The “Lebanese National Bloc Party” refused the proposal of the government based on the economic reforms plan presented by Prime Minister Saad Hariri, arguing that people have lost trust in the current ruling class and in its capacity to implement reforms and fight corruption. The Party mentioned that the proposals aiming at solving the economic and living standards crisis are a basket of non-coordinated decisions and are not integrated in a holistic salvation plan.
In a statement, the Party added that the solution to this crisis starts with the formation of a government of independent experts (whose high number our country prides itself in) with widened prerogatives and with the following priorities:
In the same context, different pension and health coverage systems in the public sector should be standardized and streamlined.
Finally, one of the most important reforms in this regard is the shift towards a digital government.
Indirect taxes must also be reduced; noting that they currently account for 70% of the total of taxes, and are borne by the middle and lower classes.
The Party stressed the utmost importance on the adoption of the "AFAAL" law to eradicate extreme poverty and save about 250’000 citizens living on less than 8,600 Lebanese pounds a day proposed by the National Bloc.
The Party confirmed the urgency for “confessional parties” to hold a round of dialogue to resolve essential disagreements such as the strategy of defense, our foreign relations, and the sectarian system.
The National Bloc questioned why Prime Minister Hariri's document is not inscribed in a larger strategy for reforms, while the government had already consulted dozens of specialists in Lebanon and abroad. The Party described the proposals presented as “populist”, and as a failed attempt at reducing the population’s indignation.
The Party addressed some examples of loopholes in the cabinet reforms decisions. The Party pointed out that the paper proposes a budget with a deficit worth $ 3.4 billion endured by the Central Bank and banks. This proposal does not inspire confidence given past experiences that compensated for the lack of profit on commercial banks, resulting from the state borrowing with low interests, through the application of financial engineering.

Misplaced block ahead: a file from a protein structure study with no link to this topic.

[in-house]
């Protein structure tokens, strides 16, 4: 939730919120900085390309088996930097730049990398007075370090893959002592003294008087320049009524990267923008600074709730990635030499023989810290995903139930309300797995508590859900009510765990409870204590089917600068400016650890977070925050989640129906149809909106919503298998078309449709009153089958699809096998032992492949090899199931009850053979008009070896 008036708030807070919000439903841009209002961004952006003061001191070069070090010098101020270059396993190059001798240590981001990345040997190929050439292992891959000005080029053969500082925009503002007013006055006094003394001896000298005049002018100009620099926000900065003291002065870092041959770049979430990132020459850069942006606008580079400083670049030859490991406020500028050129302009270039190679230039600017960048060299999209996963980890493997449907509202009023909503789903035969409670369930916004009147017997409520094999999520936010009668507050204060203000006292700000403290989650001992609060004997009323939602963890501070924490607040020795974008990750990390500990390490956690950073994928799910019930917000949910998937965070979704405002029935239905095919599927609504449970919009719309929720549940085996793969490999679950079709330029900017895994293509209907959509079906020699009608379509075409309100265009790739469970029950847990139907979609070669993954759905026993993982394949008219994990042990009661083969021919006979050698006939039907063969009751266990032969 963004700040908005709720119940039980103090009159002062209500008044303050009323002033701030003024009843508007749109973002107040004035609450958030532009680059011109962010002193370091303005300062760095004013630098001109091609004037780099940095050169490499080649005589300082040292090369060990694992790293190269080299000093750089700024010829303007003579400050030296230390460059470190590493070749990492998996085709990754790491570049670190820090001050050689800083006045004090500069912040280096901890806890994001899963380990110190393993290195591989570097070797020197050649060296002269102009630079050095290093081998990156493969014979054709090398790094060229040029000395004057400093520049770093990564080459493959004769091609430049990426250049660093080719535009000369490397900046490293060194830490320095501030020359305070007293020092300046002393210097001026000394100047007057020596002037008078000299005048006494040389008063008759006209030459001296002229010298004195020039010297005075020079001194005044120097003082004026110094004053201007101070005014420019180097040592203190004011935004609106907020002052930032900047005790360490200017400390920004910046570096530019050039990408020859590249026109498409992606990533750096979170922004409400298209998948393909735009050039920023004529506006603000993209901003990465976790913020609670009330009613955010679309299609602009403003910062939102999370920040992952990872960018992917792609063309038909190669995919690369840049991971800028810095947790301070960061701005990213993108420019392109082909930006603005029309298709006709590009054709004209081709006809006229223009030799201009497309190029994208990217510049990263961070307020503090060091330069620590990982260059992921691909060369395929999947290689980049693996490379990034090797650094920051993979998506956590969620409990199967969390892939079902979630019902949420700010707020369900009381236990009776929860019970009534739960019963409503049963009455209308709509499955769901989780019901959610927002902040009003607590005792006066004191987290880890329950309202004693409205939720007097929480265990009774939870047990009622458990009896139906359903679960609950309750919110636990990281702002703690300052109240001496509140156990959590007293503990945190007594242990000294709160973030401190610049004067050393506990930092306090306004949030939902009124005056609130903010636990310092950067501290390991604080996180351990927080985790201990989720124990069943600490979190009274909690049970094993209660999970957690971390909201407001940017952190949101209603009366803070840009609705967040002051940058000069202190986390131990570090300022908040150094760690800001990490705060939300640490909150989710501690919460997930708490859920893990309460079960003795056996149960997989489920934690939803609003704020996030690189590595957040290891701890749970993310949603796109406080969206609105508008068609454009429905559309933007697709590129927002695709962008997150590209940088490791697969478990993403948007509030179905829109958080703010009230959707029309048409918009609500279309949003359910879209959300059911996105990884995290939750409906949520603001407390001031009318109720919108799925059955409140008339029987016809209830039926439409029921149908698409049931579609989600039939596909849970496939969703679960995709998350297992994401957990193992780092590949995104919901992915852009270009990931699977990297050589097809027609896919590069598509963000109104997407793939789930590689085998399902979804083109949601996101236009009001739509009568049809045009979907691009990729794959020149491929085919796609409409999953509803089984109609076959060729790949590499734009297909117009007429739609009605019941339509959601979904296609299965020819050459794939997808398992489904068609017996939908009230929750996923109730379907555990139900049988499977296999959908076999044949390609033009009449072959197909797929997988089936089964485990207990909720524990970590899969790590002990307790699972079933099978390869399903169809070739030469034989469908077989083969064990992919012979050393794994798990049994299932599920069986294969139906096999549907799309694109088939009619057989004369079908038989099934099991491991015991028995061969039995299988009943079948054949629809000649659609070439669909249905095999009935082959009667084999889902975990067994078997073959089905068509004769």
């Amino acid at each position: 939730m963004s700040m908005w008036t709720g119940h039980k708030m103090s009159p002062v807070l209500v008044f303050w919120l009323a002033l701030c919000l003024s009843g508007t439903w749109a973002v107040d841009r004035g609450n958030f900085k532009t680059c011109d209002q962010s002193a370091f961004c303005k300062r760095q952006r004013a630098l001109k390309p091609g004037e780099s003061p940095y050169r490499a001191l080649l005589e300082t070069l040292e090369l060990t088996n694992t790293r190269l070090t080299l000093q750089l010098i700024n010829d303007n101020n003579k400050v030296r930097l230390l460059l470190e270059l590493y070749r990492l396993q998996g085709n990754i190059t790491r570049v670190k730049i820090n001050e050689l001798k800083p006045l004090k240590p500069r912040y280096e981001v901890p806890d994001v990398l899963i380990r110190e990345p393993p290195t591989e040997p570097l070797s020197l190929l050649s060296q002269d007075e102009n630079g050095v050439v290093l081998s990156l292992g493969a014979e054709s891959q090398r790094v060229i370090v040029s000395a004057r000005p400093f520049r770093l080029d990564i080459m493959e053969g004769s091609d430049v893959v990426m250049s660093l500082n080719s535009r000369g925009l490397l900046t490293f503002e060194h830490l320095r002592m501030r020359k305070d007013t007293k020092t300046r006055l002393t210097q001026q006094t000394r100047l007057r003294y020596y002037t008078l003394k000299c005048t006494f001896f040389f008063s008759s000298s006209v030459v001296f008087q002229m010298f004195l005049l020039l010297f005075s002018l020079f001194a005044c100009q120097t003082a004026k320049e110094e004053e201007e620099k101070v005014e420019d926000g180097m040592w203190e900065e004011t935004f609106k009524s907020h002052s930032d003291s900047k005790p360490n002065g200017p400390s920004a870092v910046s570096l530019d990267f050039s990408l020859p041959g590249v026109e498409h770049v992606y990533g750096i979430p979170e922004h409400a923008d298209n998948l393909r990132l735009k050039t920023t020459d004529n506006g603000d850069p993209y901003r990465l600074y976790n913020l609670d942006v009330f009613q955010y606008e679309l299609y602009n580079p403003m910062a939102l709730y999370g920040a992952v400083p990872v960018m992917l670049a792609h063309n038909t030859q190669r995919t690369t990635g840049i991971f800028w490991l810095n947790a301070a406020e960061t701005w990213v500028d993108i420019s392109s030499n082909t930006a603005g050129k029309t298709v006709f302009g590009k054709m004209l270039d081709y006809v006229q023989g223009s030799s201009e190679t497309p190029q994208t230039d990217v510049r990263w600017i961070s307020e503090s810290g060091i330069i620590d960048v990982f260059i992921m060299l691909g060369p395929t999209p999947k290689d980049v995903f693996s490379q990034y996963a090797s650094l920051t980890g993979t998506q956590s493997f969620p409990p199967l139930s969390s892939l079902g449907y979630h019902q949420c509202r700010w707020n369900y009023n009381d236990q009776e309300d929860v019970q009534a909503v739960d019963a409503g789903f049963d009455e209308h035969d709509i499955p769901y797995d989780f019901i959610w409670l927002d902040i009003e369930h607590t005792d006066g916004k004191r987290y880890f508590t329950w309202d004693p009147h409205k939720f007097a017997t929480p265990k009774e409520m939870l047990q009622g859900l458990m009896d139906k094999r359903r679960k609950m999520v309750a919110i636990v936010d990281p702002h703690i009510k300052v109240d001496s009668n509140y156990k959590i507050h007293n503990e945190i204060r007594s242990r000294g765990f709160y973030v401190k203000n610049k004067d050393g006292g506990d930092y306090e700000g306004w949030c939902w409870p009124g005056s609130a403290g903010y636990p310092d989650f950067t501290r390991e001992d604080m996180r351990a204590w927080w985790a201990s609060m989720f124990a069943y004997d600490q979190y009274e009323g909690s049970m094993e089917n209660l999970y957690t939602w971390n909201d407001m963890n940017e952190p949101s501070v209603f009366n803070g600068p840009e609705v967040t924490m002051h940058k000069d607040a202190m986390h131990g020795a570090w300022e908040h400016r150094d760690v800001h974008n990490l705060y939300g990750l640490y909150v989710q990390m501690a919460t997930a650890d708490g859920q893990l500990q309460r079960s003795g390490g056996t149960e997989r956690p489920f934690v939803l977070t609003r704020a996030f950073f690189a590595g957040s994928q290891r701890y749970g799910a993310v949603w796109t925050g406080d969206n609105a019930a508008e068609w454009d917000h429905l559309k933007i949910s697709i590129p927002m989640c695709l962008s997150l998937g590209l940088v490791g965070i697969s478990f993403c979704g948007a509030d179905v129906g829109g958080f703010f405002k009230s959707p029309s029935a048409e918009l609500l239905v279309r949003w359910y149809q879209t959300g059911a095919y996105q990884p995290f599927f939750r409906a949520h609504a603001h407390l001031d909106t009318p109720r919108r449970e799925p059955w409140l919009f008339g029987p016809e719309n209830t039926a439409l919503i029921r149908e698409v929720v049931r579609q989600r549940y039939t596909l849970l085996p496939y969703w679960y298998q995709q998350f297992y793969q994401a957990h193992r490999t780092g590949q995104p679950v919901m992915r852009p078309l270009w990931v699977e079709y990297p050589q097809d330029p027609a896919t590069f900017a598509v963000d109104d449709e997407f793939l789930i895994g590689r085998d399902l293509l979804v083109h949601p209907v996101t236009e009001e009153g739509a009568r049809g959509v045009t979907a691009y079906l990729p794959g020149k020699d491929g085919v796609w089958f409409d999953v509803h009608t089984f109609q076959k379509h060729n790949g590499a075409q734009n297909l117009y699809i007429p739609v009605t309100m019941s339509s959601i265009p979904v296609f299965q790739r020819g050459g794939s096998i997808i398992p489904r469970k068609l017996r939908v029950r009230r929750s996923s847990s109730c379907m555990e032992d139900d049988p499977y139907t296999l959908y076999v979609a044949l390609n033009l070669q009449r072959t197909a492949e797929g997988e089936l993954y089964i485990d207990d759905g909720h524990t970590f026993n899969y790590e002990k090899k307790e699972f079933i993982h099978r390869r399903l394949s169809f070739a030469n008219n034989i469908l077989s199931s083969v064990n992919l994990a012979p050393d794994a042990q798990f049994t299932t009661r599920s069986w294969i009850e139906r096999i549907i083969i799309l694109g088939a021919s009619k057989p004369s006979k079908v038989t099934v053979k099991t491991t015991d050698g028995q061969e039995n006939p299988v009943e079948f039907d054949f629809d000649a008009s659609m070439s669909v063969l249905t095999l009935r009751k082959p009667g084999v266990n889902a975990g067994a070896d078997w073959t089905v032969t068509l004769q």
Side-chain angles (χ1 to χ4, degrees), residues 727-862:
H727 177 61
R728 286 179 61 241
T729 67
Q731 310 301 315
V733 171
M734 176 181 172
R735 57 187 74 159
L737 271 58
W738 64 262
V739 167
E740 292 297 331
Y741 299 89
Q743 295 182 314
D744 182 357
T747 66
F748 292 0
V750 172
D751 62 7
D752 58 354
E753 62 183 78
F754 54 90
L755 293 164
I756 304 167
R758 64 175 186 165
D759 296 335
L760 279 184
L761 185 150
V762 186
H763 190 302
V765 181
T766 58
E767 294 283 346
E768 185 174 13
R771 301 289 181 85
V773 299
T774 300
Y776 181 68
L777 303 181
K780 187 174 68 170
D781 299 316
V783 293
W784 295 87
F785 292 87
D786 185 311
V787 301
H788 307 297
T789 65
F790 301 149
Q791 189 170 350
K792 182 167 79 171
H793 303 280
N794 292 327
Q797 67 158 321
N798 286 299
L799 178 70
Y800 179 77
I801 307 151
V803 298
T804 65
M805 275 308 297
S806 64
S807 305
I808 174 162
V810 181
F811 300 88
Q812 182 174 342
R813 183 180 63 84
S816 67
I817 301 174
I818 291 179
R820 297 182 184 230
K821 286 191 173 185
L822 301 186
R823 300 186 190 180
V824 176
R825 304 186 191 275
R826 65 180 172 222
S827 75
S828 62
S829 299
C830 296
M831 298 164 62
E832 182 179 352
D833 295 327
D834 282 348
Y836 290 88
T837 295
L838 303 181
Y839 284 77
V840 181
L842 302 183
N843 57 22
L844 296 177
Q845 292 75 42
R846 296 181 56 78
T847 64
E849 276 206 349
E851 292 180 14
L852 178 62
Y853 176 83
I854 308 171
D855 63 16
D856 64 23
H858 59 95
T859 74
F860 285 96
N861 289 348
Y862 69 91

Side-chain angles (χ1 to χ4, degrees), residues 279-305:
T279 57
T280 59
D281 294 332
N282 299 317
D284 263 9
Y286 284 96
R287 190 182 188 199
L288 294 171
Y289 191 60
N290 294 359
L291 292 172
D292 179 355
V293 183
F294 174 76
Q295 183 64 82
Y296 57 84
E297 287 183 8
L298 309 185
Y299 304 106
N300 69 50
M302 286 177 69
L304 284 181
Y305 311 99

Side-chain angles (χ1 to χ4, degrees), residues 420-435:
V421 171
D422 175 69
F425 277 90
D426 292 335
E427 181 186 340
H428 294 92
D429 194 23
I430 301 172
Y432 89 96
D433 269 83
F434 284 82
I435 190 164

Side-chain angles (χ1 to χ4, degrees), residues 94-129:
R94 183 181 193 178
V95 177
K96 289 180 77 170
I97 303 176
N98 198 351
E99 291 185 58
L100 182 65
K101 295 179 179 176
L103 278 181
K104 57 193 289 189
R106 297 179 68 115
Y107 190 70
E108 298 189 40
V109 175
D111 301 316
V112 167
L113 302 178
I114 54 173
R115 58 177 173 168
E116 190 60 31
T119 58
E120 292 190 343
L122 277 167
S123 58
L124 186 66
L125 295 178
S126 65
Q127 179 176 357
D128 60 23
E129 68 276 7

The Party indicated that activating the role of the administration of public tenders and appointing a board of directors for the “Electricité Du Liban (EDL)” and an “Energy Regulatory Authority” will not be effective as long as the confessional parties have significant influence on these institutions. The most relevant indicators of this influence are the recent judicial and administrative appointments.
As to the looted public money recovery law, the Party questioned the credibility of the process if the authority accused of such looting is the one to endorse and implement it.
Regarding the privatization of the private sector in the sectors of telecommunications, “Middle East Airlines” and the “Casino du Liban”, the Party pointed out that these sectors are the most profitable and questioned the need for such privatization.
The Party cautioned that none of the proposals addressed the three most urgent issues, notably the budget deficit, the electricity deficit, and the cost of public debt. The Party highlighted the notable absence of any mention of public administration reform “owned” by the confessional parties, noting that this is not surprising since it enhances clientelism.
In this context, the Party signaled that there is no plan to ease the burden of public debt, which is also not surprising, as high interests and public debt serve a group of political actors linked to banks.
The Party considered that all previous plans to reduce the electricity deficit remained a source of polarization between the confessional parties due to quarries over quotas and refusal to build control mechanisms.
The Party pointed out that the proposals do not advance any action to expand the social safety net, especially considering the current circumstances and the citizens’ needs for these services.
The Party reiterated its position that confessional parties consolidate their power through networks of clientelism and power-sharing quotas which in turn result in corruption and poverty. This is done precisely to keep citizens hostage of the system, and confessional parties have neither the intention nor the ability to dismantle it.